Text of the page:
Red Hat Bugzilla – Bug 1018204
unable to share files with mate-user-share or gnome-user-share
Last modified: 2015-02-17 12:37:50 EST
Description of problem:
mate-user-share and gnome-user share don't work if firewalld is enabled
Version-Release number of selected component (if applicable):
Steps to Reproduce:
1.enable gnome-user-share or mate-user-share
2.try toconnect to shared public folders
no connection to shared Public folders
to be able to share files
see also bug 1013385
To be able to change this we need to know what ports are the mate-user-share & gnome-user-share using.
From bug #1013385, comment #17 and bug #179187, comment #23 it seems that it's not any pre-defined port but a random port (from range 32768-65535), in which case we could not do anything with it in firewalld.
If the port is randomly selected then the only possibility would be that the application asks (via D-Bus) firewalld to open a port, because only the application know what port it actually listens on - which I think is https://bugzilla.gnome.org/show_bug.cgi?id=336201#c5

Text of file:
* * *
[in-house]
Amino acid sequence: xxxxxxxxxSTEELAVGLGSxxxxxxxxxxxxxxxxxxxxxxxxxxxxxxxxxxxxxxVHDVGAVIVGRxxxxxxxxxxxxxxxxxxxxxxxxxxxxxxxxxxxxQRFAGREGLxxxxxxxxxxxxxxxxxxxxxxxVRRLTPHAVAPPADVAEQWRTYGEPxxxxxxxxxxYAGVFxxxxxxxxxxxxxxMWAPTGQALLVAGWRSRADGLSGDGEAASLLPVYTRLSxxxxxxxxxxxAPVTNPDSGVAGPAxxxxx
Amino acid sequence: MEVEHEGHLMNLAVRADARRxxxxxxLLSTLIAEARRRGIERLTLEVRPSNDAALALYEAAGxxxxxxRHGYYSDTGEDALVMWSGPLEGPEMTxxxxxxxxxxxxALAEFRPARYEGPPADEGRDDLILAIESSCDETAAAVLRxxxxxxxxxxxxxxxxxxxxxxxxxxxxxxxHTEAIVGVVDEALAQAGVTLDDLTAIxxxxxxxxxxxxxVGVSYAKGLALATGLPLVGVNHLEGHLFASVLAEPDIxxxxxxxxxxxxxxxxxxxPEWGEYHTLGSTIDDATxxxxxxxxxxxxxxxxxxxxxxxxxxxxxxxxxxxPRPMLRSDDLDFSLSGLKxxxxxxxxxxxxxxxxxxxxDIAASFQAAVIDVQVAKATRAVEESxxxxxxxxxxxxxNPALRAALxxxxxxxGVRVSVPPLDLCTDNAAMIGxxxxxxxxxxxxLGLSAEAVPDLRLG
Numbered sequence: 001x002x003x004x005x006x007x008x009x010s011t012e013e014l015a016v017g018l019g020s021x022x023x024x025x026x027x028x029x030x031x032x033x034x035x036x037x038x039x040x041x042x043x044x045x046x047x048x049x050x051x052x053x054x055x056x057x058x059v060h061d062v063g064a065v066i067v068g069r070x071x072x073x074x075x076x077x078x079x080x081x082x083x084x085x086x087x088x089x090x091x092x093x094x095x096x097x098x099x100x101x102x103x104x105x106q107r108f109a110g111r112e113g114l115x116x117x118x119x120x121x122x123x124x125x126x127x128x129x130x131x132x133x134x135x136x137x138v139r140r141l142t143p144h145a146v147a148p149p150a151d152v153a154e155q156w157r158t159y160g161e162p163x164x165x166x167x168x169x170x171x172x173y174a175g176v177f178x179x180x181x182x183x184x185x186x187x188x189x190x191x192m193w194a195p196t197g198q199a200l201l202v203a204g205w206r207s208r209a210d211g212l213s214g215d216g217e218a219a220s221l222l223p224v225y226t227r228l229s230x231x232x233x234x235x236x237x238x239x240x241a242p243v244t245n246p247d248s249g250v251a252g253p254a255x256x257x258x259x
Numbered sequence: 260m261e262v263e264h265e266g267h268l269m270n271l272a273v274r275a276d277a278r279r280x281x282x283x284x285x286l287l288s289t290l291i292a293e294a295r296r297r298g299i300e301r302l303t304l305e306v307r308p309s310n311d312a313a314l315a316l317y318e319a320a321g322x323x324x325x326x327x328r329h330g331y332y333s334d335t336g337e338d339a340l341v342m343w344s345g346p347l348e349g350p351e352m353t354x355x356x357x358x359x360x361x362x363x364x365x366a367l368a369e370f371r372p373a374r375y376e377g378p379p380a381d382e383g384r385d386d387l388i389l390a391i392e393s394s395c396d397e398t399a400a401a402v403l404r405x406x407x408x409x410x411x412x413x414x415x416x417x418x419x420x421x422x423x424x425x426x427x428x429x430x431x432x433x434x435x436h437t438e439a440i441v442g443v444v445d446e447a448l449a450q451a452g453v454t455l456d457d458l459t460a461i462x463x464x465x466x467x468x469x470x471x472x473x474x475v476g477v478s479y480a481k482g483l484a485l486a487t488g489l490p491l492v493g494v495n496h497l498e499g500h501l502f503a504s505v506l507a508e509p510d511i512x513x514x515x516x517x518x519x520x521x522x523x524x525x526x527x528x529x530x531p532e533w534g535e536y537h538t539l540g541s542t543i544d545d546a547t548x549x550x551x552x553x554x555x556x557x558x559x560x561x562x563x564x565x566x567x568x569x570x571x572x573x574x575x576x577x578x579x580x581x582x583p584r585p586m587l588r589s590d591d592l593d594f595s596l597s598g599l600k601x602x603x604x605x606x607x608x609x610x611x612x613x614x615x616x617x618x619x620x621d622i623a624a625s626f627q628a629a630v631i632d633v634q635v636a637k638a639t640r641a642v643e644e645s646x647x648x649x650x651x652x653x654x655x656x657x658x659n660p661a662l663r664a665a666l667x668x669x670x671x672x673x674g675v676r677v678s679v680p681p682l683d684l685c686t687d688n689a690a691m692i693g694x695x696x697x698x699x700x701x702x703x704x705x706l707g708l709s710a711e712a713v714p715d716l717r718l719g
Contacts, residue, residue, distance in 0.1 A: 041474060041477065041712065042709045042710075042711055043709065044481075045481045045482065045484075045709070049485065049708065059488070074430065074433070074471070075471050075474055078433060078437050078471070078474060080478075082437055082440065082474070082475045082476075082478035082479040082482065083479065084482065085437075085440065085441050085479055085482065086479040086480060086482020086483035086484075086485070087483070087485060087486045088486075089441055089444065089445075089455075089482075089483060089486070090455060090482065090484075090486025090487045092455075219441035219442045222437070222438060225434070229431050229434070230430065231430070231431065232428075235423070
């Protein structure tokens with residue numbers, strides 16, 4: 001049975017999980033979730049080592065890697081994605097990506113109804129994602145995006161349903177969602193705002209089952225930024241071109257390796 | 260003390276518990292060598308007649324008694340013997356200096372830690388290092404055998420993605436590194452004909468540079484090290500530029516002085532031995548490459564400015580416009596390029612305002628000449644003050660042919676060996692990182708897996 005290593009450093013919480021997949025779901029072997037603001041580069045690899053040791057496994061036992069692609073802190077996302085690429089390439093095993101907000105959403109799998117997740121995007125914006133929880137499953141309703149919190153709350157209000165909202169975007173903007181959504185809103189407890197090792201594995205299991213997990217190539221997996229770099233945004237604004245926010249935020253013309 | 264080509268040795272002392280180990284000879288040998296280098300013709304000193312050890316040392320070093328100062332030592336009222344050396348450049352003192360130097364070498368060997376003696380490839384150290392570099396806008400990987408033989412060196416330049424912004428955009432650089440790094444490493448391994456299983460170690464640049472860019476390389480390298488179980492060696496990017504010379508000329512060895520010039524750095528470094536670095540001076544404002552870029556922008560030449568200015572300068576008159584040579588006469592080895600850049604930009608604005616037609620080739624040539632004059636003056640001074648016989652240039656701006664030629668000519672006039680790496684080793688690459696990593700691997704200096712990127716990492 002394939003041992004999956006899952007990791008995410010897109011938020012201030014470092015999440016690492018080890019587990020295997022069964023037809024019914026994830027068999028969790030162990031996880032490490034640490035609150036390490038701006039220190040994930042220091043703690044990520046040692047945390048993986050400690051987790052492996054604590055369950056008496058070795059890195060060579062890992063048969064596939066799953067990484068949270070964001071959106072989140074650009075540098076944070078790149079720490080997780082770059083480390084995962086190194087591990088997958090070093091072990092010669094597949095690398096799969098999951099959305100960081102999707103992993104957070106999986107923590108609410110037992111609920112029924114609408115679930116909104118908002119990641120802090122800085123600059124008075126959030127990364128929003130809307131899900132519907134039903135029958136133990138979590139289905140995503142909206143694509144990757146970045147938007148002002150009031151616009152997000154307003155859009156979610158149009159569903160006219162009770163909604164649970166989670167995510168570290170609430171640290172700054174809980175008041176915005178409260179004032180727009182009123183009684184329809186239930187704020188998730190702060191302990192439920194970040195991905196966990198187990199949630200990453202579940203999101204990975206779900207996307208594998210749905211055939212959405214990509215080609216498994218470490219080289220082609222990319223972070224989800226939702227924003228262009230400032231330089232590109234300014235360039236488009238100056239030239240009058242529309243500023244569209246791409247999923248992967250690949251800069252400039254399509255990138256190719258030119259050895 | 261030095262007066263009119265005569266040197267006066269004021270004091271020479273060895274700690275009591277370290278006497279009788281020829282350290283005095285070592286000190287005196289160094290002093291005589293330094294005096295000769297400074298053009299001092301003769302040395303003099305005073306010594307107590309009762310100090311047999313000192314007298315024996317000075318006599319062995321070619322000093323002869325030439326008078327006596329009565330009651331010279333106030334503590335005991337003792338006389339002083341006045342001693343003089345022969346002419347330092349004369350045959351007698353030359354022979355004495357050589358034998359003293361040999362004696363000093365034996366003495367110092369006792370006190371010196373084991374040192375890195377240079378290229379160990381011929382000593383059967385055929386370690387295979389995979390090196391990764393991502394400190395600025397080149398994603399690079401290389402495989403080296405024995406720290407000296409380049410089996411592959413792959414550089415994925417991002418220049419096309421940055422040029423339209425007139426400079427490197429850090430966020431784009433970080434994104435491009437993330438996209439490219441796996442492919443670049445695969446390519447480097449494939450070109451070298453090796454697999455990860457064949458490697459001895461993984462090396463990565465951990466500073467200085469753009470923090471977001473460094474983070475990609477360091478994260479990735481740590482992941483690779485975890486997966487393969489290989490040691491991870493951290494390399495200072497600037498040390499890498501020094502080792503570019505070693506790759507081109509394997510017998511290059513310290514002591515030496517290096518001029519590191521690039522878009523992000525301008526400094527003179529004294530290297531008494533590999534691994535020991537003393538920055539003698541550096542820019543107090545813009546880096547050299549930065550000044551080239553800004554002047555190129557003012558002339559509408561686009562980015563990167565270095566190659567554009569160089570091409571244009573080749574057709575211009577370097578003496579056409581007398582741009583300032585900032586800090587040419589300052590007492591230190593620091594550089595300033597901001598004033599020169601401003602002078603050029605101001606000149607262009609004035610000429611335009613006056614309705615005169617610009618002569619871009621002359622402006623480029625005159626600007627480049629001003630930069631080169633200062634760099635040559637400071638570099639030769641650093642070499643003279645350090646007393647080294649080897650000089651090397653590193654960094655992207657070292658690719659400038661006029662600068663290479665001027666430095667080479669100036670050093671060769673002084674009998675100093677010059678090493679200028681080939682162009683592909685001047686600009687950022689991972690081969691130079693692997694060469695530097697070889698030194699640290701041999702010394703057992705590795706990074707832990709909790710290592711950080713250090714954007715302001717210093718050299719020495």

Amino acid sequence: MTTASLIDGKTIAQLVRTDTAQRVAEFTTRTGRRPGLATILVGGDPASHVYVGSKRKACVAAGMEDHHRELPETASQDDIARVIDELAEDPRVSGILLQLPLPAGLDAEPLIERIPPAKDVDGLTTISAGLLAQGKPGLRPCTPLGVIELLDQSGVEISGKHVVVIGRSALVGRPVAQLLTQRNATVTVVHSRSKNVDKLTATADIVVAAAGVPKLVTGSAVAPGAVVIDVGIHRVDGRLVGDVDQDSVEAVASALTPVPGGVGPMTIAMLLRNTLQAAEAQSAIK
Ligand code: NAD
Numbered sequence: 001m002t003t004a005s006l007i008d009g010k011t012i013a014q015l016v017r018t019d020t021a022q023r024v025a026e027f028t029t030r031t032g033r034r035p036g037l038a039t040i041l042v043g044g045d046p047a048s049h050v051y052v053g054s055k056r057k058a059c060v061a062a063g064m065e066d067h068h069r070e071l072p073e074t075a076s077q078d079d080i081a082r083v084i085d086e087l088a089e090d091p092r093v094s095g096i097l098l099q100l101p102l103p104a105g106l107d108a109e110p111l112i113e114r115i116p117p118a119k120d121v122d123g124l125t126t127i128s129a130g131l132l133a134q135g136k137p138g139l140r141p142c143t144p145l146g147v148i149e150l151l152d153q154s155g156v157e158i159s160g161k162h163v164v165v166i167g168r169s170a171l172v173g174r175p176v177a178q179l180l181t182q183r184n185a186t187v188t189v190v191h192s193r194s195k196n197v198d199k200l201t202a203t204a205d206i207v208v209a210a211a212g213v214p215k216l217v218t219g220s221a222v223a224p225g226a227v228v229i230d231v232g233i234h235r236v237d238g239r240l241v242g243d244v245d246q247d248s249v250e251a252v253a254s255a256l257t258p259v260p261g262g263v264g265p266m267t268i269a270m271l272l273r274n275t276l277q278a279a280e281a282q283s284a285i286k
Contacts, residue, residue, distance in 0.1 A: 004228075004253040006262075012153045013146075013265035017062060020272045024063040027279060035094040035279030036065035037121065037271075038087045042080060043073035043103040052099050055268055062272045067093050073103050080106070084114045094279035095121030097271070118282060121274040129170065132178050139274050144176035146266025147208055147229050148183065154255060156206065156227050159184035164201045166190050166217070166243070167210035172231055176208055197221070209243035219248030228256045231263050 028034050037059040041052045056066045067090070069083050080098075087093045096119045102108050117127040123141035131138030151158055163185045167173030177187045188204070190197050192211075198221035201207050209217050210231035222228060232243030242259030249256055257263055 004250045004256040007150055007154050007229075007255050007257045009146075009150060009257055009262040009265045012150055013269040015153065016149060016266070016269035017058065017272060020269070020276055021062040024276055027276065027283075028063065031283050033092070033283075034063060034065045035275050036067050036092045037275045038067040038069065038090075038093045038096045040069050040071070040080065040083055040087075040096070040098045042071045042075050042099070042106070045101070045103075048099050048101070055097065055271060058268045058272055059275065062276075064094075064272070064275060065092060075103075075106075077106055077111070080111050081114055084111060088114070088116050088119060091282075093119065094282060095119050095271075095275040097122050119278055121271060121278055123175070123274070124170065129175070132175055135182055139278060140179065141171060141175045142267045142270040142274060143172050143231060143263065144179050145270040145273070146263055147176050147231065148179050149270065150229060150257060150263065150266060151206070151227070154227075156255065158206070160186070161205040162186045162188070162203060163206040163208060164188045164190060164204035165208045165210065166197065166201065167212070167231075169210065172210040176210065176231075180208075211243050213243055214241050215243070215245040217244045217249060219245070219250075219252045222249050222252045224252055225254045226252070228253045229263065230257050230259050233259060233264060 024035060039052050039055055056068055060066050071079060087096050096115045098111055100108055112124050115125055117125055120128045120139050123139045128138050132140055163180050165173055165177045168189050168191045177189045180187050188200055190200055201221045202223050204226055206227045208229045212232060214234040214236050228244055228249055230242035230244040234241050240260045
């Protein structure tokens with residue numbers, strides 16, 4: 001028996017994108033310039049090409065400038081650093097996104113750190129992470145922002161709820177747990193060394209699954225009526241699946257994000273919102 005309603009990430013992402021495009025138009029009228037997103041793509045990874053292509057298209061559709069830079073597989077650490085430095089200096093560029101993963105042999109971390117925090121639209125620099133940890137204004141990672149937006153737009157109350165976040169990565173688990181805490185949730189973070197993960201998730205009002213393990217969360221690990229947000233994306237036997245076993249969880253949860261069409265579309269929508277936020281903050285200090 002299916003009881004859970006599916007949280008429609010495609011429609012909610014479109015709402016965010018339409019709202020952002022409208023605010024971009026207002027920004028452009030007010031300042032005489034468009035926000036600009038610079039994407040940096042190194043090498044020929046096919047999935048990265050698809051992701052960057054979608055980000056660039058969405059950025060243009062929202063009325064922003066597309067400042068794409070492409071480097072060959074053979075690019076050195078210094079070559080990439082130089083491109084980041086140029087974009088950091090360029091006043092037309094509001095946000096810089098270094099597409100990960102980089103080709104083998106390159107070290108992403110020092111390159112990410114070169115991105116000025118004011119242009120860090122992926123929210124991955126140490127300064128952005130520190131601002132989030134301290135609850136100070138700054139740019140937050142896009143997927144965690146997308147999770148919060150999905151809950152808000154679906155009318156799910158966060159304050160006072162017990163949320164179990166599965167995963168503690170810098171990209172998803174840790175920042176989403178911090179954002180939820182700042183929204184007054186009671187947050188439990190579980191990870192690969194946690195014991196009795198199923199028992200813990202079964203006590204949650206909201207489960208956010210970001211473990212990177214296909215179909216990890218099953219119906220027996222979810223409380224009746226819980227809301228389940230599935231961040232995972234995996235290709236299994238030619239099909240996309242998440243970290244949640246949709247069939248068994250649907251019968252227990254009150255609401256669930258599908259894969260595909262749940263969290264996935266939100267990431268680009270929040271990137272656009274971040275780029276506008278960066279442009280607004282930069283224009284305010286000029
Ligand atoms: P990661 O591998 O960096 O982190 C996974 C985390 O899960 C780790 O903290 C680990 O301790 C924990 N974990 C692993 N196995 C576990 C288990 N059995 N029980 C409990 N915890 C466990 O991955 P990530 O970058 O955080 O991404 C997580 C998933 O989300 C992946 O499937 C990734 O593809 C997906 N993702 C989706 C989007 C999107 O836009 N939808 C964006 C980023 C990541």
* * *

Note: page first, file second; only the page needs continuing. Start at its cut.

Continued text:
This point is not clear to me....one of the advantages of firewalld should have been the opening of ports required by application (especially when they are different) and it should have been working since long ago.
Am I wrong??
Well ... yes and no.
Yes, firewalld opens appropriate ports based on request from user/application.
No, if you expect it to work the same way as firewall on MS Windows, i.e. that it's able to discover *itself* what port the application uses.
Firewalld needs this information *either* stored beforehand - that's the concept of services we have, when firewalld knows that http uses 80, so the application/user only tells firewalld to open http service.
*Or* the application/user has to tell firewalld what port to actually open.
If the application uses random port and doesn't let firewalld know which one, then firewalld can't do anything with it.
The only possibility for user in this case is to open whole port range or completely switch firewall off, which are really bad work-arounds.
Ideal would be if the application during its start told (via D-Bus) firewalld to open port xyz, which is AFAICT
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